Now after you’ve done that, you might be thinking to yourself “Elburz! That looks all crazy and doesn’t look like anything!” You’re right! This a common instancing thing you should be careful of. Our default Box SOP size is 1,1,1 and in this case the data range is also quite small. So it’s working except all of the boxes are just on top of each other. Something you might have seen before is that people will make their Box SOPs really small. Something like 0.001, 0.001, 0.001. But now we have new tools that are better than doing that! We have a new Math TOP, which allows us to re-range the values in the point cloud without having to make crazy small boxes. We can add this before our Null TOP (see why nulls are so useful!) and use the Multiply value to increase the range of values by 1000.

touchdesigner point cloud

Once you do that and home the viewer of the Geometry COMP you’ll be created by our point cloud bunny! It’s that simple! A few nodes and we’ve gone from point cloud file to fully instanced cubic point cloud in TouchDesigner.

Point Cloud Usage in TouchDesigner

So that’s cool and all, but you might be wondering where you can use this. There’s lots of places this comes in handy. As point clouds become more and more common, you’ll be able to harness them very quickly. One good example of point cloud usage is with laser scanning or LIDAR systems. The native output of most of these systems is a point cloud. When you combine that with new hardware used as the Ouster laser scanners you can essentially get a laser scan into TouchDesigner and visualized in less than a minute. Even better is that the Ouster (and many new LIDAR units) can run in real-time. TouchDesigner recently added support for the Ouster in the Ouster TOP. Coincidence??? I think not!

Get a little fancy

Before leaving you off with some new thoughts about how to use point cloud files and LIDAR in your projects, let’s talk about the real reason behind all of this. Why are we excited about Point File In TOP? What was wrong with the previous methods? The GPU. Plain and simple. Now we don’t have to go through the CPU to do a lot of the point cloud work, which was always very slow and taxing on the system. The GPU can handle this data with ease. I was doing all of that GIF recording above on my Lenovo X1 Carbon while syncing Dropbox, Google Drive and running tons of apps on my system, because GPUs are just that good with big sets of data. When you start to think about how you can start doing a lot of this work on the GPU in TOPs, you can do things like generate a lot of noise on the GPU and add it to the data with a Composite TOP:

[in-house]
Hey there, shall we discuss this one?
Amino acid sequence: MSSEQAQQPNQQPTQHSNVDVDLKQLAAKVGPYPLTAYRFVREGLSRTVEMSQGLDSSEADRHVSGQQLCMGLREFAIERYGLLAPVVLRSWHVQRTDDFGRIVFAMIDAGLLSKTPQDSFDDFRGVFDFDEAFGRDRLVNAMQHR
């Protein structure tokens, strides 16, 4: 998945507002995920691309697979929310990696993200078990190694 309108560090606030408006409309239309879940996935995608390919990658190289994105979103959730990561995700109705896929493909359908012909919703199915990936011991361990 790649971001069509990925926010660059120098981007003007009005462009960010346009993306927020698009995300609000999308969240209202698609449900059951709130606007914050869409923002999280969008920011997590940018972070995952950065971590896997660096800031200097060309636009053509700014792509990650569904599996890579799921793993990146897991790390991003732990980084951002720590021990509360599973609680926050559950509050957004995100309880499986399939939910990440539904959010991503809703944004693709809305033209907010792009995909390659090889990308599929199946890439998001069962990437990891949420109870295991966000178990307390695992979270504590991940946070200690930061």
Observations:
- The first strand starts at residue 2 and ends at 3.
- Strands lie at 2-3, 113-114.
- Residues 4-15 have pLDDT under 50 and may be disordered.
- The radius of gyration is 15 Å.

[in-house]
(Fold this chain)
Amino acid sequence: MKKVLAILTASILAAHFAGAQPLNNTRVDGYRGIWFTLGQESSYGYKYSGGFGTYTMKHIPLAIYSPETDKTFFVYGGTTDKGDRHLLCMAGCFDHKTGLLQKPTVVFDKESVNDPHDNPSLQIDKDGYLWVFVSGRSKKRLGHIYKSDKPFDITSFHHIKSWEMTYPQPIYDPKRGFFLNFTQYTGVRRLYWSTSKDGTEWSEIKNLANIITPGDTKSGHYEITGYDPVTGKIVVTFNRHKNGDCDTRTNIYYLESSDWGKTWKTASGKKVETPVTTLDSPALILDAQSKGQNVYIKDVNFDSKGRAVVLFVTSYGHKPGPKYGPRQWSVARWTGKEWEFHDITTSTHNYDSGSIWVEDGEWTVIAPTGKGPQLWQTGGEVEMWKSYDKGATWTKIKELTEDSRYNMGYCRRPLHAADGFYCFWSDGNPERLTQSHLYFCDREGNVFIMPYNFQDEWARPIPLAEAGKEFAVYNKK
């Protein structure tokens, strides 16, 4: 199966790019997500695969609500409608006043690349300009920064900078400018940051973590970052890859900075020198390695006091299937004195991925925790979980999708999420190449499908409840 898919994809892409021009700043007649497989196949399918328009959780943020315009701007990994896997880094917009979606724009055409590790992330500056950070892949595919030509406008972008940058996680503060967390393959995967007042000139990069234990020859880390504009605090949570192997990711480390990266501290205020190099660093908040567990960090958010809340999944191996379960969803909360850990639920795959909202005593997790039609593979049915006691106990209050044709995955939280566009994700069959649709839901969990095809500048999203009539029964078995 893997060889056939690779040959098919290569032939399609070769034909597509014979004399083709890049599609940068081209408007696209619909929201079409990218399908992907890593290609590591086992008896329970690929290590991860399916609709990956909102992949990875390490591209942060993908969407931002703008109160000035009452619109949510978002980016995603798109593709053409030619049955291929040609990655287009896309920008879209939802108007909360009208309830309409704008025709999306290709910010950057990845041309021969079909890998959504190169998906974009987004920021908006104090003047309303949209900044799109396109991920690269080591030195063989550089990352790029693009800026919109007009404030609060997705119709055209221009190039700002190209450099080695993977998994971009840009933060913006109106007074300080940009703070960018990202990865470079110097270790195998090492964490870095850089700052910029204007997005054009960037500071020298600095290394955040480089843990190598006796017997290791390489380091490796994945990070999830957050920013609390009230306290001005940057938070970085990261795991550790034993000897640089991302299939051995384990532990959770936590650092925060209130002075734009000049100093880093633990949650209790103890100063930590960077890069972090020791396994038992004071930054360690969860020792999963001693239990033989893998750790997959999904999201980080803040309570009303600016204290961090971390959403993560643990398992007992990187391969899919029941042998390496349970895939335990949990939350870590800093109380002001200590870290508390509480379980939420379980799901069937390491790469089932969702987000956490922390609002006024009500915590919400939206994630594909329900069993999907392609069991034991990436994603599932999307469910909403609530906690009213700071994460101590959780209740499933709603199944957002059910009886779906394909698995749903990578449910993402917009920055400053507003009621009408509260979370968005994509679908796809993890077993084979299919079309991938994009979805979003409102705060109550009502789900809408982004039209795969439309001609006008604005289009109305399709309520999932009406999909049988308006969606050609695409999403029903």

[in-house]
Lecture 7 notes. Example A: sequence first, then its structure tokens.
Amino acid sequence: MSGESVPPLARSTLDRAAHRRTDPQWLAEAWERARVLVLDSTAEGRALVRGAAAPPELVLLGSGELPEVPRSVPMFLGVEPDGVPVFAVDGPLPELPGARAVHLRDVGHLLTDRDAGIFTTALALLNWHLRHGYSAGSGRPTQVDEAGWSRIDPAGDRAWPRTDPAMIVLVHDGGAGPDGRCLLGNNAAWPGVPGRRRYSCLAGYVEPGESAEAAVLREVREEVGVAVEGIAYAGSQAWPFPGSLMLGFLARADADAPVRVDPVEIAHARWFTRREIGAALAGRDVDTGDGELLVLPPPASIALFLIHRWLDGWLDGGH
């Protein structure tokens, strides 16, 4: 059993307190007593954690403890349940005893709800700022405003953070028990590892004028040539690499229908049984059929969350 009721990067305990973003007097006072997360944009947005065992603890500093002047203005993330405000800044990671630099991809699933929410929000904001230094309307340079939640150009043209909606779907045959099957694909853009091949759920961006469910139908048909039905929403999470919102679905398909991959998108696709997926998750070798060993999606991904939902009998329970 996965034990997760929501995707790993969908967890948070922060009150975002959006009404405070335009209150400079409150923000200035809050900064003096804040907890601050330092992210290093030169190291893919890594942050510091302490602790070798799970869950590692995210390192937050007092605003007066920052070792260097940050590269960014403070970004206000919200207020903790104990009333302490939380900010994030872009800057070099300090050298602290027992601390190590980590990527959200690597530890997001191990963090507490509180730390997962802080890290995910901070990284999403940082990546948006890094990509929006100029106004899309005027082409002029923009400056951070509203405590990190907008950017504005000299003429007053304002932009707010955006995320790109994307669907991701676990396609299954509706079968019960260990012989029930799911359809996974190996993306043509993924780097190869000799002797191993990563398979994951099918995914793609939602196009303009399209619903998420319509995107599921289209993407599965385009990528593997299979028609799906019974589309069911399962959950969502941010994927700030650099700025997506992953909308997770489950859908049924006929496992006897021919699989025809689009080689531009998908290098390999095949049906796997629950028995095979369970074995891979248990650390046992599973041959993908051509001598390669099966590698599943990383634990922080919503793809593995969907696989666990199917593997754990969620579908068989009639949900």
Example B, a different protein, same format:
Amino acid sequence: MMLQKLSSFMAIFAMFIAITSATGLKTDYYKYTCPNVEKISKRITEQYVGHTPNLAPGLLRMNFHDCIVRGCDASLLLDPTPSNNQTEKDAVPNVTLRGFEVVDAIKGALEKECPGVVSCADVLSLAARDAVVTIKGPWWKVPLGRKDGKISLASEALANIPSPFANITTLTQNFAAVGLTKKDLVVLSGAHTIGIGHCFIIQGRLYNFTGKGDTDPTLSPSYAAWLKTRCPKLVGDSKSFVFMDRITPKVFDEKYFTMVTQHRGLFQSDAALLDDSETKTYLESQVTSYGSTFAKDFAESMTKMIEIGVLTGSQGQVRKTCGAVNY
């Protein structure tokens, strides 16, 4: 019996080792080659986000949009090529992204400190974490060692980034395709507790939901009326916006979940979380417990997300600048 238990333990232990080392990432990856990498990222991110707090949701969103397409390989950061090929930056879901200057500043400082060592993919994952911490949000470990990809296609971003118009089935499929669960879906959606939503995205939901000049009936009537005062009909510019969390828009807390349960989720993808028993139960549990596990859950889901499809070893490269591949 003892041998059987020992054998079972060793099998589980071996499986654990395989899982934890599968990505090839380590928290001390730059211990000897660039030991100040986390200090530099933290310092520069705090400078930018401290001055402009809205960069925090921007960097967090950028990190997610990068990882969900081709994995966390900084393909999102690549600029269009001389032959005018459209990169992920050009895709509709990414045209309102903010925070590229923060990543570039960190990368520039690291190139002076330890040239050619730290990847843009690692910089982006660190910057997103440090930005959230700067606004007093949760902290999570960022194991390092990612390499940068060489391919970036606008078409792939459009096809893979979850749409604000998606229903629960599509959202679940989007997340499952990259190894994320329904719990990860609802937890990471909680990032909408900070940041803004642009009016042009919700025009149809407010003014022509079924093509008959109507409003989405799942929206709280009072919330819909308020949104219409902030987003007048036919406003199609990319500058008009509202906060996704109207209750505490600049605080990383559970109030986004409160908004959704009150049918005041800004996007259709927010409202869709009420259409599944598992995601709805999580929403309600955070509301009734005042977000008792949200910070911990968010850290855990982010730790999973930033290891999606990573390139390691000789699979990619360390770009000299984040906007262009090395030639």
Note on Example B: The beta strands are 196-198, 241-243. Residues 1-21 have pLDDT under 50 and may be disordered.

touchdesigner point cloud

Now that may not be the most creative thing ever, but it’s just an example and took me an extra two TOPs. And remember, that’s running on my ultrabook at around 60fps…so the sky is the limit with your creativity because of how efficient these GPU workflows are. That’s really one of the main reasons why you’ll see pros excited about this new set of operators and workflows.

File download

If you’d like a copy of my example, you can download the zip file below!

If you’re keen to practice more with 3D point clouds, check out this tutorial next:

Wrap up

So point clouds! You should know what they are now, how they work, how to quickly bring them into TouchDesigner and visualize them. From there, your creativity and exploration is the only limit of what’s possible. This is an important workflow to start investigating and learning because TOP-based data workflows are becoming the new norm for high performing TouchDesigner installations. The more of these new workflows you understand and can harness, the better you’ll do on epic projects. Enjoy!